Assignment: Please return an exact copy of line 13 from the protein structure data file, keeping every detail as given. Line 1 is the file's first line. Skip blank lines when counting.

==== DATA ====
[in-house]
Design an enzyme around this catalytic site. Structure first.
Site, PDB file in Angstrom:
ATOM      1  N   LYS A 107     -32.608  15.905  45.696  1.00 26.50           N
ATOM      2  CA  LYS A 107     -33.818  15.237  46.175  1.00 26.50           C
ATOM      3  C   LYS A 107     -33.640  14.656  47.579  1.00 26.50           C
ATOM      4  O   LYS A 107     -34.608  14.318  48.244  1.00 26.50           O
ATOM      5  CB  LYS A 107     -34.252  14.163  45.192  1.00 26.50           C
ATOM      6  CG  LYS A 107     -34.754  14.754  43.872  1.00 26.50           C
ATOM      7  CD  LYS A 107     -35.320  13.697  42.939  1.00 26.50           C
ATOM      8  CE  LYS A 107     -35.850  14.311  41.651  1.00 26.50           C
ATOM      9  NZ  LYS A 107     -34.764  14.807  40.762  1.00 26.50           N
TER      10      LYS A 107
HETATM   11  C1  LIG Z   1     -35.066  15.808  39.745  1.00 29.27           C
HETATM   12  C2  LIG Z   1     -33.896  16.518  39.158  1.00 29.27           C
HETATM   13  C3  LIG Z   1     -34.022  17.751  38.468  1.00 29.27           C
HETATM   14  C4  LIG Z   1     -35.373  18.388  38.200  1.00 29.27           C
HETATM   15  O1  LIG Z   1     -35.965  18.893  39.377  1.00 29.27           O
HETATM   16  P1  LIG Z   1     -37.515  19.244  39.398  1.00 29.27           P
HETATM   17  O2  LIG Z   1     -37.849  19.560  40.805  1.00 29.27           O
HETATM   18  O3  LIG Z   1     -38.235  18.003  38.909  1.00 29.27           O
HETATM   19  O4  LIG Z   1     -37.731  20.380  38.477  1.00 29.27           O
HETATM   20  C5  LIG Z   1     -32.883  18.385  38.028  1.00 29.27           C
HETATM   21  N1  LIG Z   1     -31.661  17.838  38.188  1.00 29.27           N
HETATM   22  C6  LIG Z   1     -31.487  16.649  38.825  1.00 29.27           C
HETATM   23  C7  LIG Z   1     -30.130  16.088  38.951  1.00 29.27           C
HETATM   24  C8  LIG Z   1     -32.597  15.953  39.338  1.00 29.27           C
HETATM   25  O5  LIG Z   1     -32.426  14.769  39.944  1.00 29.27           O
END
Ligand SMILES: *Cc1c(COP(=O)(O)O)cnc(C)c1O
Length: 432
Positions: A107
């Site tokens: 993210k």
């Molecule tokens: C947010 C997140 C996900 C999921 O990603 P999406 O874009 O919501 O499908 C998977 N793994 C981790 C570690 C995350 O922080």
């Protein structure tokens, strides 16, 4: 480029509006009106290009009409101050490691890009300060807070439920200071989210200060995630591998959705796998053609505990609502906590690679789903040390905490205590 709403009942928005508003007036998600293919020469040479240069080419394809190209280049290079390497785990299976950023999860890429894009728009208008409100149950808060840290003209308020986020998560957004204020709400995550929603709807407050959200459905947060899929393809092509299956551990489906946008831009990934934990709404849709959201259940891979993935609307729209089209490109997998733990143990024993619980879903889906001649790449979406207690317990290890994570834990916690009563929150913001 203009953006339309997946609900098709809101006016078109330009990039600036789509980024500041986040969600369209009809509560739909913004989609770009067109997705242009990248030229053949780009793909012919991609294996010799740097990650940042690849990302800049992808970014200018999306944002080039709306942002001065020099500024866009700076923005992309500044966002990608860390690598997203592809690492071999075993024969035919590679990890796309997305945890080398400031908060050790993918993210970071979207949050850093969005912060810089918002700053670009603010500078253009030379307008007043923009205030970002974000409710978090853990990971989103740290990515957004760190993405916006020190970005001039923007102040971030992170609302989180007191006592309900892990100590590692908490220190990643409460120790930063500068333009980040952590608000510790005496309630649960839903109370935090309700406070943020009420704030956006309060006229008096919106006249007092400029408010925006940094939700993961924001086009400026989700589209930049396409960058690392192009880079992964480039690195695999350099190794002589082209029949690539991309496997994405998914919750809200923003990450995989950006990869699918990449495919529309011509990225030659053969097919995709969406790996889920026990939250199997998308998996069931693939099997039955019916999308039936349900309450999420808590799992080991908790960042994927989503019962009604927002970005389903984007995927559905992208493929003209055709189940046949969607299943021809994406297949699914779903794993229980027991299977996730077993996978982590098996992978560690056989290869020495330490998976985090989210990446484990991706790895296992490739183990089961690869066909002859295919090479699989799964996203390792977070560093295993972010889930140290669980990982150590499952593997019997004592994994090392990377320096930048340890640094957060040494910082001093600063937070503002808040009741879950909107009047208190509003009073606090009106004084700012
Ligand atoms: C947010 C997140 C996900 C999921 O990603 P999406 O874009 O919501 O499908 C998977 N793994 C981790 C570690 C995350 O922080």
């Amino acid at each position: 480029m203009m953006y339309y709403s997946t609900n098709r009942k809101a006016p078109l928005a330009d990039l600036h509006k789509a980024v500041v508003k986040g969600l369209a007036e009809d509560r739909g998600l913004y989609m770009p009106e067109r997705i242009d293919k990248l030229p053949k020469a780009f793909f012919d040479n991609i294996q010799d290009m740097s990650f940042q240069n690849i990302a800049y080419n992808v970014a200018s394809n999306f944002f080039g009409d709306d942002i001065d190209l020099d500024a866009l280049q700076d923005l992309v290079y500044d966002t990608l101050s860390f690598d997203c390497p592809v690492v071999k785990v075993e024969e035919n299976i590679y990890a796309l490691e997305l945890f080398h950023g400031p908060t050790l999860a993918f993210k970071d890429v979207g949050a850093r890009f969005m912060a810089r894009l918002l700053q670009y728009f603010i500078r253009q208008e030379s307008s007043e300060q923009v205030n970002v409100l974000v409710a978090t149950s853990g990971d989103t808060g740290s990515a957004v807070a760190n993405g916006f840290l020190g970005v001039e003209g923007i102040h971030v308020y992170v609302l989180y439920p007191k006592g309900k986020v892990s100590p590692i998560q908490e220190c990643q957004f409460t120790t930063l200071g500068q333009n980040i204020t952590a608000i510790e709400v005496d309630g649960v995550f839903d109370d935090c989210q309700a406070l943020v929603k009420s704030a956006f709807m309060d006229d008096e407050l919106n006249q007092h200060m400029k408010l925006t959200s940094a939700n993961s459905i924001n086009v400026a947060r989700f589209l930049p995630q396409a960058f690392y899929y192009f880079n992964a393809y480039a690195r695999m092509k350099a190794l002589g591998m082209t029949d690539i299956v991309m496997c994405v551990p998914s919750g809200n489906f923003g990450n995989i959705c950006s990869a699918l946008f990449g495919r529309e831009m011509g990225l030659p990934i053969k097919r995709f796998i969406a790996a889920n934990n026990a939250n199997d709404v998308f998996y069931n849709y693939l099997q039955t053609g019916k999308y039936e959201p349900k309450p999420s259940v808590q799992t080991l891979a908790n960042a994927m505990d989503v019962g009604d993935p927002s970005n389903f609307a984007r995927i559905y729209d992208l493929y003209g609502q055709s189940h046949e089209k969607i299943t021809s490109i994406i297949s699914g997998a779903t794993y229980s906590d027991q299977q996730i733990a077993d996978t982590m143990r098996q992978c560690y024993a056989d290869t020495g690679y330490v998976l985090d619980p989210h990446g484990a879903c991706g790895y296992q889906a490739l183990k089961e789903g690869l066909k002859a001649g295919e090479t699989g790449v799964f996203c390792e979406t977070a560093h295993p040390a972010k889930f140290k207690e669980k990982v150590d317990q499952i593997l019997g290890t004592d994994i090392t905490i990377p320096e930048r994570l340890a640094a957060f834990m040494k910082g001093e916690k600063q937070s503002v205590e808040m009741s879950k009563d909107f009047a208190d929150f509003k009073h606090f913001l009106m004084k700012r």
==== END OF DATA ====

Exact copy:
TER      10      LYS A 107